Sorption Hysteresis on Soils and Sediments: Obtaining Characteristic Free Energies Using "Single-Point Desorption Isotherms"

2020-02-27T11:47:17Z (GMT) by Mikhail Borisover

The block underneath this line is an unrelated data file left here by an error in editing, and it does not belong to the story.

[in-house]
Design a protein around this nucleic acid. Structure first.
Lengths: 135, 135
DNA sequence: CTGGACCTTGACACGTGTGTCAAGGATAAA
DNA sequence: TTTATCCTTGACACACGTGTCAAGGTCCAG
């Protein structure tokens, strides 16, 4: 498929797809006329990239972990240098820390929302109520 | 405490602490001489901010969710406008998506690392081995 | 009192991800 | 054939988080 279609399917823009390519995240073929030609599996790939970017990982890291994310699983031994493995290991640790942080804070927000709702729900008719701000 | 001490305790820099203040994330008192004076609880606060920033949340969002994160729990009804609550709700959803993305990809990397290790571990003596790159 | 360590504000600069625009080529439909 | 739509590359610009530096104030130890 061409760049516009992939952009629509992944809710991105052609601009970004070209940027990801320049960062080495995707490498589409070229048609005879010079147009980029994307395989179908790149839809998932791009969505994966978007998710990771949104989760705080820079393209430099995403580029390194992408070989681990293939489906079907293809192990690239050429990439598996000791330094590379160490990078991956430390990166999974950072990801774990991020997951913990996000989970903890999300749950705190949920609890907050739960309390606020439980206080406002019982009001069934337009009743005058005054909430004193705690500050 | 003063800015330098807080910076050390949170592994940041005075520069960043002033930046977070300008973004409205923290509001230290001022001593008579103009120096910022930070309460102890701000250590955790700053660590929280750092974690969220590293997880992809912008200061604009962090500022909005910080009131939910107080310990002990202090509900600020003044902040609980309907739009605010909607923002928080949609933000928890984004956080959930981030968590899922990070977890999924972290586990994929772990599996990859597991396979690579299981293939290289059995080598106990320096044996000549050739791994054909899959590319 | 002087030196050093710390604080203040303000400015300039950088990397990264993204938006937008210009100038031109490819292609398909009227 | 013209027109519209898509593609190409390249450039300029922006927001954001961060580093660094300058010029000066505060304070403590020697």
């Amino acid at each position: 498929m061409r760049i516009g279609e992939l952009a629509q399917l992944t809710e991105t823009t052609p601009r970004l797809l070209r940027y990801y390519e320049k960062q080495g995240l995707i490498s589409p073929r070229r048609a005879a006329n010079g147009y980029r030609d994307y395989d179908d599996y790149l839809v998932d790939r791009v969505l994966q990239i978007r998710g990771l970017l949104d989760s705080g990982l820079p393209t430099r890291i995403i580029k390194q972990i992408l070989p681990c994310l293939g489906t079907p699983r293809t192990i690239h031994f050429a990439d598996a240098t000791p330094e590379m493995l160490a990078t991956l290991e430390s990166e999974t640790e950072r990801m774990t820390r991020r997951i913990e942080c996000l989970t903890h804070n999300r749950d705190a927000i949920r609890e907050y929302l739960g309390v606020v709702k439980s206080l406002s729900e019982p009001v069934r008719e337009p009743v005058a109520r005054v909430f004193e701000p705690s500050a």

Sorption-desorption hysteresis (SDH) may control distributions of chemicals between diverse environmental phases, including soils and sediments. Formation of metastable states caused by pore deformation or inelastic swelling of a sorbent and their persistence during desorption were considered in the literature as one reason for "true" SDH. Such metastable states persisting during desorption lead to the lack of closure of sorption-desorption loop at non-zero sorbate concentrations, which is often observed in soil and environmental literature. Also, SDH was often characterized using single-point desorption isotherms (DIs) combining sorbed states reached during single desorption steps started from different points along a sorption isotherm (SI). The objective of this contribution is to demonstrate how the single-point DIs could be used to characterize SDH in liquid phase sorption experiments in terms of Gibbs free energy. This free energy is accumulated in some non-relaxed sorbed states belonging to DI as compared with the states of the same composition (sorbed concentration) belonging to SI. Using the literature data on SIs and single-point DIs of some polycyclic aromatic hydrocarbons and pesticides on soils and sediments, it is shown how these extra free energies could be obtained and how they could change in the selected sorbate-sorbent systems. When the extent of SDH decreases with increasing solute concentration, these additional free energies decline. They may remain constant or even increase, suggesting in the latter case that a larger work is needed to perturb a sorbent structure at higher sorbed concentrations. This paper proposes a novel approach for quantifying and understanding liquid phase SDH in the cases when a thermodynamic justification is sought, and, therefore, it advances the ability to predict the fate and activity of multiple chemicals in typical soil/sediment environments.